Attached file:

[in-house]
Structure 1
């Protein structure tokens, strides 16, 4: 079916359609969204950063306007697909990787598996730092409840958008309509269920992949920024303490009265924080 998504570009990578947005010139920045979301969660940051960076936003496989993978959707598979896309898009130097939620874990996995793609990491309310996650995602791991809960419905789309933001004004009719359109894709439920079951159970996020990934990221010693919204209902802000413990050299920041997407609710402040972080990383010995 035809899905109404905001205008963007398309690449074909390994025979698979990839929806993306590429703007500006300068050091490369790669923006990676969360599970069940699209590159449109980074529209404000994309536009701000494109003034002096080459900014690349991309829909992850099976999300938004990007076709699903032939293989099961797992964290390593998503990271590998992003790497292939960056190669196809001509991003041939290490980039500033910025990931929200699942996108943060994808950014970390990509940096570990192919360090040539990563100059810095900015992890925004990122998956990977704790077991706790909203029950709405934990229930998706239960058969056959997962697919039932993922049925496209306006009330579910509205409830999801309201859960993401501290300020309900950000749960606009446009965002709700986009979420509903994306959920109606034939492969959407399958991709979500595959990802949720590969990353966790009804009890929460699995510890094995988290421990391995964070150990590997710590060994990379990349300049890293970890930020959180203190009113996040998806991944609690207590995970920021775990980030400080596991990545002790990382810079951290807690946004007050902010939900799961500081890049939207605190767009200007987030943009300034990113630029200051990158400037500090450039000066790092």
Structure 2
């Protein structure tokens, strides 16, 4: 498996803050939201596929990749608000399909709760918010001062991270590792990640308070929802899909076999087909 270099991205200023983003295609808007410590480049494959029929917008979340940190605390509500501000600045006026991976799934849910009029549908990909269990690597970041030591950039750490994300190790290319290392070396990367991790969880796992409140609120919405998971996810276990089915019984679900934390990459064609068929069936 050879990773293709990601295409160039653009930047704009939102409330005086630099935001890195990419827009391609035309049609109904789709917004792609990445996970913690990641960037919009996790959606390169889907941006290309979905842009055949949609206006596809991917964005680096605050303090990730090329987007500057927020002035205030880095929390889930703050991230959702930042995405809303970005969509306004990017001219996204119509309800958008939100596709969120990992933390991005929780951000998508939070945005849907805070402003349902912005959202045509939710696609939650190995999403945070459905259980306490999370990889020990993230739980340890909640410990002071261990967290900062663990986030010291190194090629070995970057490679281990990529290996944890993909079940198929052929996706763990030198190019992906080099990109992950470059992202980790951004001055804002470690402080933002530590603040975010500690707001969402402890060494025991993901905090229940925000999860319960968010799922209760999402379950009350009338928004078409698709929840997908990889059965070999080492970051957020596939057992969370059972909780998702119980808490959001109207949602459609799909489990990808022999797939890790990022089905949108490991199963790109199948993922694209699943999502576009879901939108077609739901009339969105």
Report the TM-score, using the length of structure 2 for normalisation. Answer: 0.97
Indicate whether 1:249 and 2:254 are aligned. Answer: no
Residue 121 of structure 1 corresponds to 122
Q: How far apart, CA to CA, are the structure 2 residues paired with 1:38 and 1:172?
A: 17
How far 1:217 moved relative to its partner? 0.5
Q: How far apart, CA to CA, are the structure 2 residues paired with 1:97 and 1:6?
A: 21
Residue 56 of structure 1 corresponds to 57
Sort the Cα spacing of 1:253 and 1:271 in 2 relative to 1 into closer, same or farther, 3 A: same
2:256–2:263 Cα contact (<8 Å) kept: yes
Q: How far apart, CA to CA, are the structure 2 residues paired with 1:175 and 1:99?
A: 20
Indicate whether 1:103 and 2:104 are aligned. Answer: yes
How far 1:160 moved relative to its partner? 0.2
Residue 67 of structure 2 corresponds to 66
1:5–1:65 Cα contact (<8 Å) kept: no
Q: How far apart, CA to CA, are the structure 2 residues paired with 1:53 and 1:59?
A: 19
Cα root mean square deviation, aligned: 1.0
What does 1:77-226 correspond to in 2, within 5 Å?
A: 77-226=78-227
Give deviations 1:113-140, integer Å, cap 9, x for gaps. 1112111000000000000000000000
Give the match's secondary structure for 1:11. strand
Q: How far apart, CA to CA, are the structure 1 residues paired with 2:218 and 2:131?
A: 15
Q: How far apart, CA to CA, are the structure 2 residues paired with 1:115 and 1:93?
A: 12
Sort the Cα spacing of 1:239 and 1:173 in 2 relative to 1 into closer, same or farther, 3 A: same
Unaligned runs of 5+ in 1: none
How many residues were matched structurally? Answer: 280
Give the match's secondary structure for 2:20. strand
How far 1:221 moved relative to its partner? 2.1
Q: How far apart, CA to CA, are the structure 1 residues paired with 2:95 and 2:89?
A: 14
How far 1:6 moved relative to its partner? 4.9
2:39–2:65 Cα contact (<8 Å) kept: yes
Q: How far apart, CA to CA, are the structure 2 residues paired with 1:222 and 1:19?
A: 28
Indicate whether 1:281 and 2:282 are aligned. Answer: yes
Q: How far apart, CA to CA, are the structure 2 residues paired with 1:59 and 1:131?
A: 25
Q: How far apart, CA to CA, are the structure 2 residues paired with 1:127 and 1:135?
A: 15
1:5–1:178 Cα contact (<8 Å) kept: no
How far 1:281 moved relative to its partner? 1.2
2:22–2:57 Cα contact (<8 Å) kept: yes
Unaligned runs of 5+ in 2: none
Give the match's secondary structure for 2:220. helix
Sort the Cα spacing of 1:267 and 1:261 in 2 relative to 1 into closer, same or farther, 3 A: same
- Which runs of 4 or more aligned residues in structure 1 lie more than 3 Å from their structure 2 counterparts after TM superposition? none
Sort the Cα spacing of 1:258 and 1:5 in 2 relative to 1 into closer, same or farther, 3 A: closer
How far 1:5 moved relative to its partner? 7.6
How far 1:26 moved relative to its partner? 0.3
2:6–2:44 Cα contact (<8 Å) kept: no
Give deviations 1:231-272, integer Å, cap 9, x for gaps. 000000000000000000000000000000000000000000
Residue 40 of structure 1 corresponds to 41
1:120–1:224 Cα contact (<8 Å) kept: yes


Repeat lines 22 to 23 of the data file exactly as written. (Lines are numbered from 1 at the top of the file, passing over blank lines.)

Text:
1:5–1:65 Cα contact (<8 Å) kept: no
Q: How far apart, CA to CA, are the structure 2 residues paired with 1:53 and 1:59?